Once our order was taken, after having to choose among a dizzying list of selections, the cakes hit our table in minutes. Knowing in advance that they didn't serve real maple syrup, I brought some of my own to share, including some Tuthilltown Bourbon barrel aged maple syrup that B.R. got me for my b-d. Even with that succulent tree sugar coating the cakes, I had to leave a bit on the plate.
Despite us all having pancake bricks in our guts, it was time to get to the meat of the meet. The first stop was Zeppelin Hall, an absolutely enormo-gigantical-home-depot-sized beer hall with two massive, high ceiling indoor halls (one with a projection t.v. showing soccer), and a few acres of outdoor, gravel ground beer garden, with the requisite long tables and beer garden umbrellas. Zeppelin had a pretty decent german beer hall menu with lots of wursts as well as some non-meat options, and almost 40 drafts: a mix of american craft beers -- Ommegang, Dogfish Head, Yards (not easy to find in NYC); not-so-craft -- PBR, Yuengling, Shiner; typical german fare -- Spaten, Hofbräu, Jever, Franziskaner; and a miscellaneous collection of other stuff, probably for the soccer fans -- Newcastle, Carlsberg, Guiness, Boddingtons. I had the Spaten Pils, which was crisp, bright, malty and helped ease along the pancake cement that had set up in my stomach. Others had the Yards Thomas Jefferson's Tavern Ale, which, while tasty, was a bit heavy and strong (8% abv). B.R. had the Ramstein Mai Bock, also a bit full-on, given our pancake bellies.
A welcomed 15 minute walk north helped to clear some tank space, and landed us at Barcade Jersey City. See the accompanying post and podcast for Barcade.
Following Barcade, it was across the street and down the block to Skinner's Loft. As we entered there was a sun shower. Alan pointed across the street and said, "And look -- a rainbow!" as he pointed to the discount clothing store called "Rainbow." Haw haw. Skinner's has a nice dark wood bar, is clean and proper, and has a slightly up-scale feel -- er... well, Grove Street Jersey City up-scale feel. They showed it with their limited but particular tap selection. Raftman and Éphémère had their own elegant tap fountain.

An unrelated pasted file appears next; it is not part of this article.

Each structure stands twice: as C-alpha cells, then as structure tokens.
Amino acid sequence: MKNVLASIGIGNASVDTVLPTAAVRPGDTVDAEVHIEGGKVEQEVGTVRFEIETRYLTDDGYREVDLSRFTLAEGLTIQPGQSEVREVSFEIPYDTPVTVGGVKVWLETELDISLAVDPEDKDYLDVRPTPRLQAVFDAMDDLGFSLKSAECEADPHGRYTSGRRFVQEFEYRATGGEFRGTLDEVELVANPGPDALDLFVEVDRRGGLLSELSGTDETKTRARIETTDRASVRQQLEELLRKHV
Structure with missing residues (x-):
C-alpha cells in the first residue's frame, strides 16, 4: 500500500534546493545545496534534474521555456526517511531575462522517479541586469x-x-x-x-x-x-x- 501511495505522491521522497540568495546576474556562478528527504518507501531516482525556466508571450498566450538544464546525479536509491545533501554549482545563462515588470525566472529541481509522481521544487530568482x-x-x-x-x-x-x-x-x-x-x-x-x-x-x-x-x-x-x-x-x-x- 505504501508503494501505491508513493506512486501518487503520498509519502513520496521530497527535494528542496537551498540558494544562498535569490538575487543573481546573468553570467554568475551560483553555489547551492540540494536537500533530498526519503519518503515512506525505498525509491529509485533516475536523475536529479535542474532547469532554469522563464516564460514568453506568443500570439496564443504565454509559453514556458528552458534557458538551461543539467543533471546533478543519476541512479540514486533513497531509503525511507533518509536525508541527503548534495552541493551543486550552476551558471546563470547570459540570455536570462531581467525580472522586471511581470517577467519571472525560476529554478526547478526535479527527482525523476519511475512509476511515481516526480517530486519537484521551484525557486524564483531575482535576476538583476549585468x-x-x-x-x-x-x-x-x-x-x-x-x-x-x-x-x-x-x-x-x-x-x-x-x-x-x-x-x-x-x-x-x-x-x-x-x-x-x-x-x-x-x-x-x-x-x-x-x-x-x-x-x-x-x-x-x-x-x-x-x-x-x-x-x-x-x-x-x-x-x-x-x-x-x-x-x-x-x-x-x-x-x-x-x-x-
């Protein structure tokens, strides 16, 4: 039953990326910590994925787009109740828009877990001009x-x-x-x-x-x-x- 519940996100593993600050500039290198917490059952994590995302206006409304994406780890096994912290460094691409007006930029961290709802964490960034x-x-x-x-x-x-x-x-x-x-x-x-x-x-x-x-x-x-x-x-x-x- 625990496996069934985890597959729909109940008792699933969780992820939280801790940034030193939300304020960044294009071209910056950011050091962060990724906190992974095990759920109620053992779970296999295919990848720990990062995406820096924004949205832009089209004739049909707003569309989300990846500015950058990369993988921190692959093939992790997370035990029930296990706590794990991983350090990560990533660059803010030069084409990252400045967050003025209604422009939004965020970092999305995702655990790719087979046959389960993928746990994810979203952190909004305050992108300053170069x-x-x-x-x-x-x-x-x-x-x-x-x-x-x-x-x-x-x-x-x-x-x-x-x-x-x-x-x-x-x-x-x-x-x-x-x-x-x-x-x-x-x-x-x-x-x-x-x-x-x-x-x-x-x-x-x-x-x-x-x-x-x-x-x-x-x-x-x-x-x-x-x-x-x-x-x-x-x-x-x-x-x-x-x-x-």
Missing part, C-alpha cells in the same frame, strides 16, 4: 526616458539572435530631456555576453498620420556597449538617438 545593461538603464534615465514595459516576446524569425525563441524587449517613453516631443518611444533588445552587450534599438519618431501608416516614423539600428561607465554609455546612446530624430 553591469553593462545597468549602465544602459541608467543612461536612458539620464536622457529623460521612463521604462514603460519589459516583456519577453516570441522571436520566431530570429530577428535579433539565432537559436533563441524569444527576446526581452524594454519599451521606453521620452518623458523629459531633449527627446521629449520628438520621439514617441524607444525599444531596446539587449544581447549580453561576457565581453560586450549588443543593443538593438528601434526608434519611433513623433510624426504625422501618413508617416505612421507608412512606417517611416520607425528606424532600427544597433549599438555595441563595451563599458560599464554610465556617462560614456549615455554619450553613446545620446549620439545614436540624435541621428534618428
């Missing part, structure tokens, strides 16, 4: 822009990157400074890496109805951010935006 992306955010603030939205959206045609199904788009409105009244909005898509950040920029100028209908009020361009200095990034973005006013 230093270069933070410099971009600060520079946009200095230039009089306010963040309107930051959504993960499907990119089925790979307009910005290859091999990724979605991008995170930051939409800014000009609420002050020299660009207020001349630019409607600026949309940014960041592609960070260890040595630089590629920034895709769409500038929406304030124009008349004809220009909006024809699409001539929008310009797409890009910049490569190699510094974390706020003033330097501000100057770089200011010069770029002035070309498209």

I enjoyed a 10oz snifter of Flying Fish Exit 13 Chocolate Stout. It has a elegant, enticing coco aroma, which also comes through in the taste, mixing with the roast malt bitterness -- yet avoiding that acrid bitterness too often experienced with roasty stouts. At 7.5% abv, you can put a crown on this one and call it imperial. B.R. was treated to 16 ounces of slightly smokey Raftman, which usually comes in a smaller tulip glass. Also of note on tap was Elysian Fields Jasmin IPA, but nothing else that would turn your head.
Though there were two more official stops on the crawl (Light Horse and Iron Monkey), we made Pint aka Star Bar our last stop. We're told that it's a former gay bar, but I'm not sure just how "former" -- which is fine. It had a fun vibe and character. With a very limited number of taps, Pint seems more like a bottle bar. And many found very satisfying bottles, too. Warren picked a 750ml bottle of 9% DFH Squall, which was as tasty as it was strong. John, who at the prior stop, was raving about New Holland Brewery, was delighted to find a big bottle of Dragon's Milk, a dark ale aged in oak casks. B.R. settled for a serviceable Sly Fox IPA (I think) on tap. But my choice, Kenzinger from Philly, was a big disappointment. The bar listed it as a kölsch, but whatever it was, it was likely beyond its shelf life. It was cardboardy with a dull celery flavor -- basically it tasted old, oxidized, stale and mishandled. I'd love to try this one fresh one day -- it seemed like there was a good beer under all that noise.
It would have been hard to have said it 10 years ago, but there's one thing that we learned on the crawl: Jersey City's got good beer!
Zeppelin Beer Hall
Barcade Jersey City
Pint (aka Star Bar)
Light Horse Tavern